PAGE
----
Parallel Circuit
 Connect the bulbs together with the wire as shown in the diagram below
 Using the multimeter measure the resistance of each bulb.
 Connect the bulbs to the power supply as shown in the diagram below and switch the power on.
 Measure the voltage of the bulbs by using the multimeter and connecting the red cable to red and black cable to black
SeriesParallel Circuit

Connect 2 bulbs together as show in the diagram below.
 Measure the voltage and resistance of each bulb.
 Measure the current in the circuit
Results
Series Resistance
Measurement Using Multimeter
Calculating the Current of Bulb 1 and bulb 2
Using Ohm’s Law, given V = I x R,
I =
Equivalent Resistance of Parallel Circuit using two Bulbs:
Req =
Req =
Req = 1.32 Ω
Series –Parallel Resistance
Measurement Using Multimeter
Using Ohm’s Law to Calculate current
Total Current Flowing in Circuit = 1.48 + 1.52 + 2.18
= 5.18amps
Current in Circuit = 0.370amps
Equivalent Resistance of SeriesParallel Circuit using three Bulbs:
Req = (R1 + R2)+(
Req = (3.90+3.80)+ (
Req = 0.558 Ω
∴ Total Current Flowing in SeriesParallel Circuit
∴ I =
∴ I = 0.556amps
Discussion
Different circuits were used to explore how current flows. In the first test, the series circuit was used. It was found from using the multimeter that bulb 1 has a resistance of 3.90 Ω, whereas bulb 2 has a resistance of 3.80 Ω. This measurement is considered acceptable since both of the bulbs have the same properties and is identical to each other; they are to have similar resistance.
However, the voltage of the bulbs was also measured when a power supply was given. 4 x AA batteries were used as the power supply. When the voltage of the power supply was measured, the multimeter reads 6.12V. This is slightly higher than the voltage expected, since the AA batteries were 6.00V, however there were possible errors involved, such as the difficulty of determining the correct figure displayed on the multimeter since there were continuous fluctuations. This lessens the chance of recording an accurate value.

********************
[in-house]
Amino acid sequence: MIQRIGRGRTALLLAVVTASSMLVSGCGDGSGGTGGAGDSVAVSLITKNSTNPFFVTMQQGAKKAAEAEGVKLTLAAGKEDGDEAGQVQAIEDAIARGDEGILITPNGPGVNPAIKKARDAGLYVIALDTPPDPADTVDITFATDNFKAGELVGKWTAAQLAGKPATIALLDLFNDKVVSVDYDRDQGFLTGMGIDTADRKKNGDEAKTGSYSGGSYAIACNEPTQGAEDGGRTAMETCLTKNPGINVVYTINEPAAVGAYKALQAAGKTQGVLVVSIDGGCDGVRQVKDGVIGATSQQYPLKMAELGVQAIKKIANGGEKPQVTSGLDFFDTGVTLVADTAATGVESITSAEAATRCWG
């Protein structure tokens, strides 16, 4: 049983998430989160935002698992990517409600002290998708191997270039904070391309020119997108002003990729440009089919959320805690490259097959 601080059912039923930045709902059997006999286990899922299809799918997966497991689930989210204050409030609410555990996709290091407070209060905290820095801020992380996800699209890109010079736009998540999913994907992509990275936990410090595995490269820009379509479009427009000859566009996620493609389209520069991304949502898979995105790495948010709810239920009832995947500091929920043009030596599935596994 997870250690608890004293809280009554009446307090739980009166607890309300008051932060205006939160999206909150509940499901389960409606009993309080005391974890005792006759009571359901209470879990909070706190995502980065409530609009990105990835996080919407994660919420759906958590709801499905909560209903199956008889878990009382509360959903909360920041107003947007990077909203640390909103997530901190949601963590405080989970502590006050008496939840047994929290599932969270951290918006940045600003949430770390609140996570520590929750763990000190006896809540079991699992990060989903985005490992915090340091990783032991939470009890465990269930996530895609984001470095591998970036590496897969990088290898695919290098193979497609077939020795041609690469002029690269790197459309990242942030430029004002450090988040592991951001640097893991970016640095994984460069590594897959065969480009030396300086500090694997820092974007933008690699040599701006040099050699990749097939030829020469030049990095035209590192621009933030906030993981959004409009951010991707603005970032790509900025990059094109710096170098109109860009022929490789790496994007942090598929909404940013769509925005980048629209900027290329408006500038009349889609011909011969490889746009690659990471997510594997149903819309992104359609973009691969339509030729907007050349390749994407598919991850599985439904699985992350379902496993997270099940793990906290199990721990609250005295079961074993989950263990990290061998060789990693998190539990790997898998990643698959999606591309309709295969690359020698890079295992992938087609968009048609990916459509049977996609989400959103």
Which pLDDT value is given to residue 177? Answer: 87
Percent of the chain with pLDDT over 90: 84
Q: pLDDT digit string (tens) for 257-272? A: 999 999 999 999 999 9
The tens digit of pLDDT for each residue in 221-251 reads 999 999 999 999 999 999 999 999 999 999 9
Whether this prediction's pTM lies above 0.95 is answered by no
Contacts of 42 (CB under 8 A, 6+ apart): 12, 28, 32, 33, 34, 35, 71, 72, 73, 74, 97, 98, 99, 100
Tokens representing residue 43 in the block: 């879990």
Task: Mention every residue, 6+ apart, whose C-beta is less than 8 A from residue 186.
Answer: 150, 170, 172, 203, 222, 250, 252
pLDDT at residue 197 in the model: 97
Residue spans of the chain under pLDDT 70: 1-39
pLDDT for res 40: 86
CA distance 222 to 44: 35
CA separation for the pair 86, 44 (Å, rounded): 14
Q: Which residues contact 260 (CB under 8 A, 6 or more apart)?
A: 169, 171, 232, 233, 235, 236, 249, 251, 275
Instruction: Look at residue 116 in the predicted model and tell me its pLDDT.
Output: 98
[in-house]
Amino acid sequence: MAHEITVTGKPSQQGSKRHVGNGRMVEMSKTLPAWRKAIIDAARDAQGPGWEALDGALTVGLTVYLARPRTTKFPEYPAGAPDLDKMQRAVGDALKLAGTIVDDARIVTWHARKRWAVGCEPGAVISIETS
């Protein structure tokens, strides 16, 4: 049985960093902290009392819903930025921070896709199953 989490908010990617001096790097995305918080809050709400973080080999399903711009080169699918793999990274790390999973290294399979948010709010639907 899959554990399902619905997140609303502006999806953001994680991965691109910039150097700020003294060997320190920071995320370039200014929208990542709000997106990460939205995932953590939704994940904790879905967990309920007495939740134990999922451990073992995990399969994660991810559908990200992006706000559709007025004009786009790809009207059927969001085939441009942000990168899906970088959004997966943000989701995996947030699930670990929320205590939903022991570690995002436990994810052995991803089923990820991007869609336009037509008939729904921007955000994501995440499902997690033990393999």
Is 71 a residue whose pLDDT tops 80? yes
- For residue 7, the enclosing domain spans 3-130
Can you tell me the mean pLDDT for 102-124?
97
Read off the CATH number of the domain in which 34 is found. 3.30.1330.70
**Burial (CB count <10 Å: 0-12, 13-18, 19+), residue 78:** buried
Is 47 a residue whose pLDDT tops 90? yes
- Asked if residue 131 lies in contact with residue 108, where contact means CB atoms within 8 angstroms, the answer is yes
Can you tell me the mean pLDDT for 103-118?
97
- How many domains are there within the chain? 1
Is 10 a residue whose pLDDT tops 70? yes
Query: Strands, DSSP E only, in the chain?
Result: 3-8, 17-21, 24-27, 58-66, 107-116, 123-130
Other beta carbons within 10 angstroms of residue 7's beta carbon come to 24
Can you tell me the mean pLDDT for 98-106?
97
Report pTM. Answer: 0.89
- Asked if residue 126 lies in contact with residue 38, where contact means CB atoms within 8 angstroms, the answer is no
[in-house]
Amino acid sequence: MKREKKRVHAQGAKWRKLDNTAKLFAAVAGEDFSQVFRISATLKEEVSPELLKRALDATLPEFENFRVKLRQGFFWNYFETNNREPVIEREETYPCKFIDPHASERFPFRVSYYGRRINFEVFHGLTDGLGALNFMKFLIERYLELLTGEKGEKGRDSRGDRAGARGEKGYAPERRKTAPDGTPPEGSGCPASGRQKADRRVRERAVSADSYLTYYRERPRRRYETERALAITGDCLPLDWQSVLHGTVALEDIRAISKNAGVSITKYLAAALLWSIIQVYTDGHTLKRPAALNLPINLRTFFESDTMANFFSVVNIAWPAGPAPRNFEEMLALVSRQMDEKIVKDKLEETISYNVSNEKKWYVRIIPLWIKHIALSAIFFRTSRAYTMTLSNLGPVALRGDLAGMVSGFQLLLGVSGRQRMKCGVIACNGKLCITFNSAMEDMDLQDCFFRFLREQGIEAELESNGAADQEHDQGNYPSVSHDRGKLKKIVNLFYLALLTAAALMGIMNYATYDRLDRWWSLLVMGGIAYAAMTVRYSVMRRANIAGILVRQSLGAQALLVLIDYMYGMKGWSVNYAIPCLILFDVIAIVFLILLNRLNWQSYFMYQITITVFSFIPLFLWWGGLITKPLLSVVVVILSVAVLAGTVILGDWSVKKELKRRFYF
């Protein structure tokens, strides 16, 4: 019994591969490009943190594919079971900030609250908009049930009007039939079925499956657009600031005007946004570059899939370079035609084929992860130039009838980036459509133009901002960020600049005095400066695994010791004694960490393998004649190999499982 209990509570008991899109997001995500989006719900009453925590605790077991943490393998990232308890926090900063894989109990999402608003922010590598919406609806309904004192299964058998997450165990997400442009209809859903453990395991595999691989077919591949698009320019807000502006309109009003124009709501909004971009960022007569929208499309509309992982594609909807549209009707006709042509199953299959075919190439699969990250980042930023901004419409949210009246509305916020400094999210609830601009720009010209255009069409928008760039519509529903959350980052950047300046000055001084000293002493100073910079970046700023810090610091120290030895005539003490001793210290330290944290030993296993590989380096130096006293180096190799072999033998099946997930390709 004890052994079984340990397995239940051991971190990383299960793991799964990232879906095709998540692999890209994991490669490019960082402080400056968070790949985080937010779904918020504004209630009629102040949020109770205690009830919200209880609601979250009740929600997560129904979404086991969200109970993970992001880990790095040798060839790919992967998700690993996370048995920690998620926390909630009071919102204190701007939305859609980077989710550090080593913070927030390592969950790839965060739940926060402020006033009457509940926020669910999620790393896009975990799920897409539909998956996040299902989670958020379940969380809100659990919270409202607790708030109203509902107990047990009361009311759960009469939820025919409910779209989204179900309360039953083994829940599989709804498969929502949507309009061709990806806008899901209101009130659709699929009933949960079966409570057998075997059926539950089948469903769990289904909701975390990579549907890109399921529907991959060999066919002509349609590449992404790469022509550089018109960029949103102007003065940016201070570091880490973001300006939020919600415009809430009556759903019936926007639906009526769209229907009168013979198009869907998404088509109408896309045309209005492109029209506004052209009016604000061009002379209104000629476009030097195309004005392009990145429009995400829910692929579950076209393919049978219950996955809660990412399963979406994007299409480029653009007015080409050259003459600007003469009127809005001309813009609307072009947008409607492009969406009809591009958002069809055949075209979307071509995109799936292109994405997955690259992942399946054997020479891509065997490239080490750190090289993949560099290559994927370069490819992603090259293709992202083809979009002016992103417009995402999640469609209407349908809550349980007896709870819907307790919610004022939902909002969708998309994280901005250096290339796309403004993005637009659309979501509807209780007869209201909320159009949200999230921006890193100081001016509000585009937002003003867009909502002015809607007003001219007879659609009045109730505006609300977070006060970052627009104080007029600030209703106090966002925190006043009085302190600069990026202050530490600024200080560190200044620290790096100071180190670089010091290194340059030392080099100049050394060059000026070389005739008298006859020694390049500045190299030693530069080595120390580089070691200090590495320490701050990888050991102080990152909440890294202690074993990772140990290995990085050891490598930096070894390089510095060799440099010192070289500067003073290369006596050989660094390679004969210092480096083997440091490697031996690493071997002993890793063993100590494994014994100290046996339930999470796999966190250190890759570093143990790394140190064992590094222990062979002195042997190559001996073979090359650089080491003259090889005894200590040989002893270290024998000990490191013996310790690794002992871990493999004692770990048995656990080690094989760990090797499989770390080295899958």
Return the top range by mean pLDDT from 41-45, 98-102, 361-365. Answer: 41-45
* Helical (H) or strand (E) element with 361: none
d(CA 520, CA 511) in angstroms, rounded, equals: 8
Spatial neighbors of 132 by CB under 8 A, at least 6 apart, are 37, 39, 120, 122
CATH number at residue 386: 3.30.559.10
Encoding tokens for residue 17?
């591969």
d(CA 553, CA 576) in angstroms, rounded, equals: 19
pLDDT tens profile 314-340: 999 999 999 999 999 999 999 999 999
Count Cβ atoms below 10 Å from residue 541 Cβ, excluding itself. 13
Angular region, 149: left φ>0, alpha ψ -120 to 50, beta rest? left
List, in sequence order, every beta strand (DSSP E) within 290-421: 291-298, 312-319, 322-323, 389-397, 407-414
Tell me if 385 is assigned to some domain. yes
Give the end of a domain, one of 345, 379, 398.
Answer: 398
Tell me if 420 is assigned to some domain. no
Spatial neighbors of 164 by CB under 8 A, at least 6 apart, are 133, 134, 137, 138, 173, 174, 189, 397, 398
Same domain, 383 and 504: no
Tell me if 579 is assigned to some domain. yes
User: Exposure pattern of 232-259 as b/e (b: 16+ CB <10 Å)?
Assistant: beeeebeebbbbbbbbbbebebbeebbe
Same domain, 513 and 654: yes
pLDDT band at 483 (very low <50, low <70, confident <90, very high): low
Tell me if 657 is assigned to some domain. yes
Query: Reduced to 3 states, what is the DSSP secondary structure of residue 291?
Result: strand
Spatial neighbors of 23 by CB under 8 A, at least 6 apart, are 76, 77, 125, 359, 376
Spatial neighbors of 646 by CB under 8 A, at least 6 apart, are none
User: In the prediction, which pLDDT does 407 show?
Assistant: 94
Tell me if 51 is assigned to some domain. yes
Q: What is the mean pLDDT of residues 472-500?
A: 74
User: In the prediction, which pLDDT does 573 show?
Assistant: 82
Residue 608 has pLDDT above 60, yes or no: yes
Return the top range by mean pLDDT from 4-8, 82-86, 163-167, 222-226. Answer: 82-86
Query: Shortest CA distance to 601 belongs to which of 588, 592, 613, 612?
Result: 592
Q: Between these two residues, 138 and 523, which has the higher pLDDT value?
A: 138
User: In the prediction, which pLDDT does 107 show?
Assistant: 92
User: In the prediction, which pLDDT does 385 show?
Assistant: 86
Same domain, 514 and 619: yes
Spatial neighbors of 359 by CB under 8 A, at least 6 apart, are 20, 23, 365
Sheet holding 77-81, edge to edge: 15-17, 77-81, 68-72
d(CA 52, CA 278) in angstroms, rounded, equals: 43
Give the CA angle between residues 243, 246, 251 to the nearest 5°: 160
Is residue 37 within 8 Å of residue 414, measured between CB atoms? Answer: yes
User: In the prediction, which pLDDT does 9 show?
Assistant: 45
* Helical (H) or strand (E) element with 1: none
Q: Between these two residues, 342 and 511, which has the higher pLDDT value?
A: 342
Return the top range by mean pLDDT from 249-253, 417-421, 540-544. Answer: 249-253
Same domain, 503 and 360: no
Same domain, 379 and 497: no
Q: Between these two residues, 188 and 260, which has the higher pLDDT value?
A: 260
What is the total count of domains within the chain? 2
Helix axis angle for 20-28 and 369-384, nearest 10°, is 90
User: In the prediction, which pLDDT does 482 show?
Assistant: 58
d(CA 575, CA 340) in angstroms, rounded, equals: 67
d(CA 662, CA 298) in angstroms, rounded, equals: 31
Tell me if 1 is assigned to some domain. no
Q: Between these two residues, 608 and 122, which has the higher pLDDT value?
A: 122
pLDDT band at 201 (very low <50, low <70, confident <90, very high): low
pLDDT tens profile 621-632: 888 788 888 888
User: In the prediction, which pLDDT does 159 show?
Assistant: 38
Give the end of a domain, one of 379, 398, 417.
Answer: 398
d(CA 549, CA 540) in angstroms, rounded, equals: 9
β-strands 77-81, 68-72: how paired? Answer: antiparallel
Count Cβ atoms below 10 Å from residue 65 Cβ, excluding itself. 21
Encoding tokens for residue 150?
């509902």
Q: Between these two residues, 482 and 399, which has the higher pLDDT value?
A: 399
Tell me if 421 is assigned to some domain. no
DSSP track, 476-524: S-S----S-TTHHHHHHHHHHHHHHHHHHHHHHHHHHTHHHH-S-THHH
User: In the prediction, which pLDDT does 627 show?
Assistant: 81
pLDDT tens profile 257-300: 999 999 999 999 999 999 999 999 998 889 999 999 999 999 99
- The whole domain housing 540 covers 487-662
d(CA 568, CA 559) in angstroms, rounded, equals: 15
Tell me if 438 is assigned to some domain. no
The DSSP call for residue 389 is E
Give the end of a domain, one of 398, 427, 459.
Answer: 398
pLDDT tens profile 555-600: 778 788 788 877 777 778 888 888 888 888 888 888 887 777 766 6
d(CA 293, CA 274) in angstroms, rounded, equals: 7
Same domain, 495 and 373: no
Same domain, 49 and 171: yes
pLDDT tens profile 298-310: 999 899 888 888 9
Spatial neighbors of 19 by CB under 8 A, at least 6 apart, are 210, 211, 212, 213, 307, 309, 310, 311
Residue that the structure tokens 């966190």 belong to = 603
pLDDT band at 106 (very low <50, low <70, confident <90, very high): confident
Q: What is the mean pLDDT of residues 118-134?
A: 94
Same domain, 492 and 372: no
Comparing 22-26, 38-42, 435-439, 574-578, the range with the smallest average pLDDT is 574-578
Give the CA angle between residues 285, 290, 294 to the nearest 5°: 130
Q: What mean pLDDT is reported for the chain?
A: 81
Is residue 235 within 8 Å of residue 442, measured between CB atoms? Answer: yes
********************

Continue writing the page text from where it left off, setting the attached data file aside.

When the voltage of the bulbs was record, the voltage of bulb 1 reads 3.00V and voltage of bulb 2 reads 2.95V. This is technically half the voltage of the power supply, hence the total voltages of the 2 bulbs is 5.95V, which is approximately 6.00V, the same as the actual volts of the 4 x AA batteries.
It is believed that the reason why bulb 1 and 2 has voltages that are half of the actually 4 x AA batteries voltage is due to the fact they are in a series circuit. In a series circuit each of the resistors (bulb) shares voltage, hence as there are 2 resistors, half of the voltage goes towards one resistors and the other half goes towards the other. This theory is also stated in the kirchhoff’s voltage law, where he stated that ‘the sum of all the voltage drops around a single closed path in a circuit is equal to the total source voltage in that closed path’ (Young 2011).
Nevertheless, the amps were calculated for each bulbs given bulb one 0.769amps and bulb two 0.776amps. Since the bulbs are identical to each other, the amps they produced were similar to one another. The current in the series circuit was also measured using the multimeter, which gave a reading of 0.159amps. There is a significant difference between the measured current and the calculated current of the 2 bulbs. By theory the calculated value and measured value should be similar as the current in the series is the same for all elements in the series. It is believed there could be some errors involved when measuring the resistance of the bulbs.